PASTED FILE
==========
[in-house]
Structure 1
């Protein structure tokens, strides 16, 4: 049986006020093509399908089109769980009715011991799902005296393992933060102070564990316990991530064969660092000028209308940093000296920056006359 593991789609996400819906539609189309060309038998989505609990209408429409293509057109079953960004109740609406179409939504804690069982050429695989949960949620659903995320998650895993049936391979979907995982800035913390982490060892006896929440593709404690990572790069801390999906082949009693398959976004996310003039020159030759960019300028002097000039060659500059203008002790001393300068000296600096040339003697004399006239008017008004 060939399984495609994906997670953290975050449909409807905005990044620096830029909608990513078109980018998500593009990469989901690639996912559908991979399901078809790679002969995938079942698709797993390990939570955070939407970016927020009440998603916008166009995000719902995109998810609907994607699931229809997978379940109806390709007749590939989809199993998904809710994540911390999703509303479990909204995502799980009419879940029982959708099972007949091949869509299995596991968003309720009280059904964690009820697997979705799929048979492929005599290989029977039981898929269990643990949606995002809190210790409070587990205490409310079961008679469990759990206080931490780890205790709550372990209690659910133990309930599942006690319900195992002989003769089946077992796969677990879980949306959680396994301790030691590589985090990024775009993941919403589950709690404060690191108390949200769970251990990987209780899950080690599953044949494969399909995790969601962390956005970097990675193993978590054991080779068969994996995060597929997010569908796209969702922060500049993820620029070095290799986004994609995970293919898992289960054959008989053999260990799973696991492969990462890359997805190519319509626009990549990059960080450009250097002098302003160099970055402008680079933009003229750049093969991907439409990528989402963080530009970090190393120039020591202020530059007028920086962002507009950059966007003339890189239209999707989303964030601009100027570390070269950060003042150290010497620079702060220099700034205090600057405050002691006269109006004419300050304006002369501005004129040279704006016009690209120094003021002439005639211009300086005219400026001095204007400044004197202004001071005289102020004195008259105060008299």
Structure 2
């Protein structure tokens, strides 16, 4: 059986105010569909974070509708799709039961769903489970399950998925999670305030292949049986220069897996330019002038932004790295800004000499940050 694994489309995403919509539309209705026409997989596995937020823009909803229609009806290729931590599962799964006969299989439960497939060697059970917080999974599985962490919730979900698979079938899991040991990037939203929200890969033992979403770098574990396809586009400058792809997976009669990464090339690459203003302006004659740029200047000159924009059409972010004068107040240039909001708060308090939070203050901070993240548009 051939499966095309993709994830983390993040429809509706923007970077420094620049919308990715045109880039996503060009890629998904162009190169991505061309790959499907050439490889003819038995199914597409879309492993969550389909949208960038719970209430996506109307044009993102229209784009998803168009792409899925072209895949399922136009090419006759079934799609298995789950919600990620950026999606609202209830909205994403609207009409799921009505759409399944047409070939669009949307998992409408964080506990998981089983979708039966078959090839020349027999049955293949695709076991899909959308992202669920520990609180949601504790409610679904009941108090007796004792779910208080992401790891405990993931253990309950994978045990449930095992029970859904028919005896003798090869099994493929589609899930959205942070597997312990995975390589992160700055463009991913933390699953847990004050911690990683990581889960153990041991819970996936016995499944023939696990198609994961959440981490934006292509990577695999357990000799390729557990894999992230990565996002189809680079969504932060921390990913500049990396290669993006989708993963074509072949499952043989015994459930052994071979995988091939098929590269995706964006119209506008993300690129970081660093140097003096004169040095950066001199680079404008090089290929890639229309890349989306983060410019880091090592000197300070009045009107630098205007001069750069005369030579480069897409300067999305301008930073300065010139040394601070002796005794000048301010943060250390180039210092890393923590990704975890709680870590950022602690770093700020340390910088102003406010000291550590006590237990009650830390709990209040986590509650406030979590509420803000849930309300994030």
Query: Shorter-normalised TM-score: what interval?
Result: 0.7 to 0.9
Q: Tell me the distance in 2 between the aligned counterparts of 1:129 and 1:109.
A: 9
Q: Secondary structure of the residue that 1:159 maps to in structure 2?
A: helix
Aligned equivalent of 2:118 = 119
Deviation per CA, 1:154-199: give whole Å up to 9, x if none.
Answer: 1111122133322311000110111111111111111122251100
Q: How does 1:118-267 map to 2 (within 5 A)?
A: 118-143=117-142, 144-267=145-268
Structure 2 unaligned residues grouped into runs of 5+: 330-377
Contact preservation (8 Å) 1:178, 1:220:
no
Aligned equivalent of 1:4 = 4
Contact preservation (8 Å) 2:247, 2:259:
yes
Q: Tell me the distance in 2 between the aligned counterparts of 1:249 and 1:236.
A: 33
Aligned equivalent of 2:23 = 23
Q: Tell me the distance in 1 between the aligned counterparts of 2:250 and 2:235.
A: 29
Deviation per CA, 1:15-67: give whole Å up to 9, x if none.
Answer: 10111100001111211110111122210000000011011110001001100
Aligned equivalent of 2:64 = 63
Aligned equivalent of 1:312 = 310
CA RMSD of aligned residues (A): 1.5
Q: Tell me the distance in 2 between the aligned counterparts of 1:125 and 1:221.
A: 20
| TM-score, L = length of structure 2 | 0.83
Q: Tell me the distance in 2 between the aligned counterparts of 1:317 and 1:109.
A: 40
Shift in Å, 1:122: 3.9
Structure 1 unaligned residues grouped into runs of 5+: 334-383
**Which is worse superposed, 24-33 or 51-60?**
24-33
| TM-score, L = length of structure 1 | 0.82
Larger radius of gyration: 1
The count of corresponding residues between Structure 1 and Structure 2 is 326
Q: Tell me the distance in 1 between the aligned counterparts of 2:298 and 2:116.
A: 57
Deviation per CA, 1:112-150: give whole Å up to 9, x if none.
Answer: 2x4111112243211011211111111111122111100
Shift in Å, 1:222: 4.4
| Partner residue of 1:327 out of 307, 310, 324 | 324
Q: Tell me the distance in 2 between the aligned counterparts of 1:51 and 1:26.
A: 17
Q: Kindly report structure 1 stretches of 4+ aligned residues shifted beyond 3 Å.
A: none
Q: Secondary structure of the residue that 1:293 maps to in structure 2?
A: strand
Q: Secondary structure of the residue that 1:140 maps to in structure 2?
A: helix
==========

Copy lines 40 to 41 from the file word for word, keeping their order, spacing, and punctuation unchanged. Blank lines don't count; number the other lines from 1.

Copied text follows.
**Which is worse superposed, 24-33 or 51-60?**
24-33